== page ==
A Serial Examination of Academic Timing and Relative Age Effects Among U Sports Basketball Players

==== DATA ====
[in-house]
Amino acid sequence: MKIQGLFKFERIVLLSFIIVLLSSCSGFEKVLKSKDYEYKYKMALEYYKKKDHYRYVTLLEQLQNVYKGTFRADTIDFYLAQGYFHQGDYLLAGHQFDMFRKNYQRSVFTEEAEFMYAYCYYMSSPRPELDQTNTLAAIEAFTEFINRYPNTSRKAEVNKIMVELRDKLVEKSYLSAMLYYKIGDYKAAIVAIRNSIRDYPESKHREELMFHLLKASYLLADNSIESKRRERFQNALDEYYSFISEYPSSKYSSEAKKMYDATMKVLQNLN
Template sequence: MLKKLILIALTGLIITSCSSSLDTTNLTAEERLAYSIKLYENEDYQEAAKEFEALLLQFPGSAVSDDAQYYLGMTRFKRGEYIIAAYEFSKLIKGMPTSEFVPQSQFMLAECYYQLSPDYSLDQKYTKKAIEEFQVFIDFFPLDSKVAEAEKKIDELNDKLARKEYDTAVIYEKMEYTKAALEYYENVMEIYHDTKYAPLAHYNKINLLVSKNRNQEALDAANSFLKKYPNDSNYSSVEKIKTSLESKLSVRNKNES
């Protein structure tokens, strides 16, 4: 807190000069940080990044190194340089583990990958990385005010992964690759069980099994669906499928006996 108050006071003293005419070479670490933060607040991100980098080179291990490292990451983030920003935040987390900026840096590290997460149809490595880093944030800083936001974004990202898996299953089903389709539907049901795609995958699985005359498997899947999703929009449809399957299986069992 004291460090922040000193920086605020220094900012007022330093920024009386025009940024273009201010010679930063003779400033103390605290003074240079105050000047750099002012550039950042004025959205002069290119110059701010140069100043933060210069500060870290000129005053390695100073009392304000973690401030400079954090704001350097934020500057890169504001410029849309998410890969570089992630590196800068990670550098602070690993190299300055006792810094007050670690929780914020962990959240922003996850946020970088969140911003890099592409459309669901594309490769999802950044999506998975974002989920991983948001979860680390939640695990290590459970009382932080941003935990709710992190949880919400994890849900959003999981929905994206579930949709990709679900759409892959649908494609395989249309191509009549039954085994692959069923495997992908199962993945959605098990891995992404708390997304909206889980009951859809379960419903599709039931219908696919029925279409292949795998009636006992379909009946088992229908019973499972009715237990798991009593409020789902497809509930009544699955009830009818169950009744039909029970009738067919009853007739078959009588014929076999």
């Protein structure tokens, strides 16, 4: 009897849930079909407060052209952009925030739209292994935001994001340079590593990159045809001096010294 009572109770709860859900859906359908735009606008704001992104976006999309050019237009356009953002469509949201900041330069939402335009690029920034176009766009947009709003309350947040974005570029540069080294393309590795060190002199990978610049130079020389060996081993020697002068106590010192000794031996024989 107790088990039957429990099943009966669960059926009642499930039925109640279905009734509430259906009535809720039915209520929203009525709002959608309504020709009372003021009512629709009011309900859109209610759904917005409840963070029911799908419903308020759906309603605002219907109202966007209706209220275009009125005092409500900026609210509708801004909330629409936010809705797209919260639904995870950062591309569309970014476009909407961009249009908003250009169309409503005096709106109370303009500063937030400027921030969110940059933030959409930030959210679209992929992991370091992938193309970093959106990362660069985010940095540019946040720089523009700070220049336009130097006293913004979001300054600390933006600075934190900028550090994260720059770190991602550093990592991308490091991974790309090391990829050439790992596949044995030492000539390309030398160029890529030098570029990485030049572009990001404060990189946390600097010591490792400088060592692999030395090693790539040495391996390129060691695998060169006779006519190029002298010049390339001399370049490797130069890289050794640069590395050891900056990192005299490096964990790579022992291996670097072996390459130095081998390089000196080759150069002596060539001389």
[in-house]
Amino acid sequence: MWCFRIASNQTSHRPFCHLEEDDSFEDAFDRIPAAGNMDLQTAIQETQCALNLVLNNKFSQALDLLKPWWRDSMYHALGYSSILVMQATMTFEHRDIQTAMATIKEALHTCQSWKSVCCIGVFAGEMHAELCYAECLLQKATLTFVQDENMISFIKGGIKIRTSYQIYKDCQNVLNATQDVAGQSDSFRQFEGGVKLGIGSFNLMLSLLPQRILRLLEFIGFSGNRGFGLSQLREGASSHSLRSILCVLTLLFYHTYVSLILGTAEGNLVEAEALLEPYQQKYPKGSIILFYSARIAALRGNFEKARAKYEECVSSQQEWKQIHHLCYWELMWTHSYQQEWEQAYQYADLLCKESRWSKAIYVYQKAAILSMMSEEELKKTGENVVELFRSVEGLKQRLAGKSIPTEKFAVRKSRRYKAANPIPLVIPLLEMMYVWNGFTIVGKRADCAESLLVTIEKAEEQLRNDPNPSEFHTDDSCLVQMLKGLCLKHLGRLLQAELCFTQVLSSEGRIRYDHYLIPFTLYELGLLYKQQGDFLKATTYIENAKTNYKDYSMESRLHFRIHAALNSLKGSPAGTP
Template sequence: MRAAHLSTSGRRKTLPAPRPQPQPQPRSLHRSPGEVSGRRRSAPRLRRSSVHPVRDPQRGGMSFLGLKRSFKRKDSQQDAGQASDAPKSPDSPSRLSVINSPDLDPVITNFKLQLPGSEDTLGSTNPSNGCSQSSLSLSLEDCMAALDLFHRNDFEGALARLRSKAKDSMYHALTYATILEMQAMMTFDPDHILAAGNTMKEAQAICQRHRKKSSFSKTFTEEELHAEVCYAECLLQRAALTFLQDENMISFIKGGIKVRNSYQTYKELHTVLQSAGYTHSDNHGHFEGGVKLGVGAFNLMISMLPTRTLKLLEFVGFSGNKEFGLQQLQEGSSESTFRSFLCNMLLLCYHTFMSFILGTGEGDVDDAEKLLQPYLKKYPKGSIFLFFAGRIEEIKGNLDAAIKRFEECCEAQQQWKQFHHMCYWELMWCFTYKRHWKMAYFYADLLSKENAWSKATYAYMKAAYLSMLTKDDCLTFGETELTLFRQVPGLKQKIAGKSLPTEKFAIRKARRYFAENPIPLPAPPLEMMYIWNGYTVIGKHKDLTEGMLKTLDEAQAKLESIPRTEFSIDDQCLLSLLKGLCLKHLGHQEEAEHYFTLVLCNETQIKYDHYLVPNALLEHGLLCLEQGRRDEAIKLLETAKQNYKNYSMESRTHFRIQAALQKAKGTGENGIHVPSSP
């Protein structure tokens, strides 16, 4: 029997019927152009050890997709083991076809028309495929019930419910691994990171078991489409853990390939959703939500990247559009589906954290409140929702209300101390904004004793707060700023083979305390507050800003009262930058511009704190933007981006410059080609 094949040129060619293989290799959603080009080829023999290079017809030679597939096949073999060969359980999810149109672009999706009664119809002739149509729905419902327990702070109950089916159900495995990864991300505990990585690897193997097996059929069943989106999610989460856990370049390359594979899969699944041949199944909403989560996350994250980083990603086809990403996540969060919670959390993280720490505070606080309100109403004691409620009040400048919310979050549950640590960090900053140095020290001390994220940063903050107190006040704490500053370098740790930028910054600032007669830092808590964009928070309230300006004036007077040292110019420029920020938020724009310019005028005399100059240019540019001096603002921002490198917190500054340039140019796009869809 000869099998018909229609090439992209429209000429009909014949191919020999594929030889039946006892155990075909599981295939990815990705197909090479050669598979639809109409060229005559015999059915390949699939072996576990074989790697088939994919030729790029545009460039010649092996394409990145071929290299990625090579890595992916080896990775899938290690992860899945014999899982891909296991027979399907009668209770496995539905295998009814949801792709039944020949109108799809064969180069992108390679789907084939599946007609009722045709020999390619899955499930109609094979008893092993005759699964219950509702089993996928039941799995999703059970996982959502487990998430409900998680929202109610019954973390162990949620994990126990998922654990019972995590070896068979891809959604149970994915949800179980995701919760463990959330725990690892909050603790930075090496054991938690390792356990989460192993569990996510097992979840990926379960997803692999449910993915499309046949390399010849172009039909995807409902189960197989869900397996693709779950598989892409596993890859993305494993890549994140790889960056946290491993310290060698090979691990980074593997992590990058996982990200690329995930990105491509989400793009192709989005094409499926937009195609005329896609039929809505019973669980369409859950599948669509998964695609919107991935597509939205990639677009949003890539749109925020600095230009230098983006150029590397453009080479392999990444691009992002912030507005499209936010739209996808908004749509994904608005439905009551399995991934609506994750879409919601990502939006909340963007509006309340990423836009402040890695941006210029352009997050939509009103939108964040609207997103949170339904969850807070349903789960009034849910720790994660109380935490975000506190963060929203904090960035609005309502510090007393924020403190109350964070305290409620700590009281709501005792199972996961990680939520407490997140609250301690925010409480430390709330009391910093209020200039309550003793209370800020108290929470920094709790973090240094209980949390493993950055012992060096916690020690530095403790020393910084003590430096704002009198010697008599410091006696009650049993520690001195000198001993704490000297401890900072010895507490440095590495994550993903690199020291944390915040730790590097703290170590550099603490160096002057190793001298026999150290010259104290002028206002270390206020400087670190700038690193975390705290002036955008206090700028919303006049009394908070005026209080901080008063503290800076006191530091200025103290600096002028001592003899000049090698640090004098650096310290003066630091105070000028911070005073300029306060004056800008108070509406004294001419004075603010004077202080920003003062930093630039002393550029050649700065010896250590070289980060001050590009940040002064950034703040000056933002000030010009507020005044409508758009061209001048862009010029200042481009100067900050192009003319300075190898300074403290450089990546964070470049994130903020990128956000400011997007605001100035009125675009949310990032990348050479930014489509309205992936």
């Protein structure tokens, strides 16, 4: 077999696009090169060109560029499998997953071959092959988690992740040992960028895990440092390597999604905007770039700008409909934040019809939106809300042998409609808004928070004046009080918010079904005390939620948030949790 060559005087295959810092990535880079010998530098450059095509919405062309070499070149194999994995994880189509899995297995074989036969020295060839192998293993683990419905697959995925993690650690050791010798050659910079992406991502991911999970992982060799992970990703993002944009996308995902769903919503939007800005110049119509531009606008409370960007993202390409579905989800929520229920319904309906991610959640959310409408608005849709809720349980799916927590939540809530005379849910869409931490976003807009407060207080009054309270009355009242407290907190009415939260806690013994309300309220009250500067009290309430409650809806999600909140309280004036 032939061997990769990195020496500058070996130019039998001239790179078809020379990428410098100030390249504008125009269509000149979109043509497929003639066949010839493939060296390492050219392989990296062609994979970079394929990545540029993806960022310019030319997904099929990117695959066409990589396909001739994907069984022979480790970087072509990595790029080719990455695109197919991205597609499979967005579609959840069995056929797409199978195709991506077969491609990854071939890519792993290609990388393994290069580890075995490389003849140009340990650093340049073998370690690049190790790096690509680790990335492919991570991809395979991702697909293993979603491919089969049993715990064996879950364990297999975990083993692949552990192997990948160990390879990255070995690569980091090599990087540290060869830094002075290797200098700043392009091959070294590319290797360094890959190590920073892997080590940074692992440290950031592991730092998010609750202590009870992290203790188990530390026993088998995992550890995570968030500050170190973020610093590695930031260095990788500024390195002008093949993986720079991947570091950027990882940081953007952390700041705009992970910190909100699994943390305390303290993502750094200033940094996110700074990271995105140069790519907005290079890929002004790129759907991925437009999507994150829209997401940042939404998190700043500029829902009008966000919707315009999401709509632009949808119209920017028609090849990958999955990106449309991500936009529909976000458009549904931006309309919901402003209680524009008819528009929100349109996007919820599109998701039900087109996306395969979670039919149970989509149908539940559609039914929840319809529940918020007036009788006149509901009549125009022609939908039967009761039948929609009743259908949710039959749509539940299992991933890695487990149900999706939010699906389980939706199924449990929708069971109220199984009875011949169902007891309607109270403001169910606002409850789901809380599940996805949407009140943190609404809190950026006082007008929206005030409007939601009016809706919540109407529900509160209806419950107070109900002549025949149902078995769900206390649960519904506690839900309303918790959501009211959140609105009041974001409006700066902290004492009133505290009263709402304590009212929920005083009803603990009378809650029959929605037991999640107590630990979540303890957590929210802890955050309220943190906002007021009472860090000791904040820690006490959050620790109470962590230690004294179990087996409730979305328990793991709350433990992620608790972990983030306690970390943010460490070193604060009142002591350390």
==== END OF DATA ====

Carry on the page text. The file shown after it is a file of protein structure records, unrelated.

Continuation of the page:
The relative age effect (RAE) describes relative (dis)advantages experienced by athletes born earlier in the year compared to their younger counterparts due to organizational cut-off dates. Interuniversity sport offers a unique environment where student-athletes of varying absolute ages compete for positions on a single team. This context can influence the academic timing of student-athletes, which describes the difference in student-athletes’ current and projected athletic eligibilities, and the impact this has on their participation in interuniversity sport. The purpose of this serial investigation was to examine the influence of academic timing on RAEs in U Sports basketball. The results revealed that the RAE was stronger among ‘on-time’ student-athletes, with more student-athletes born in the first half of the year than the second throughout the time period considered in this study. U Sports administrators may want to consider the influence of academic timing on RAEs to inform future policy decisions.
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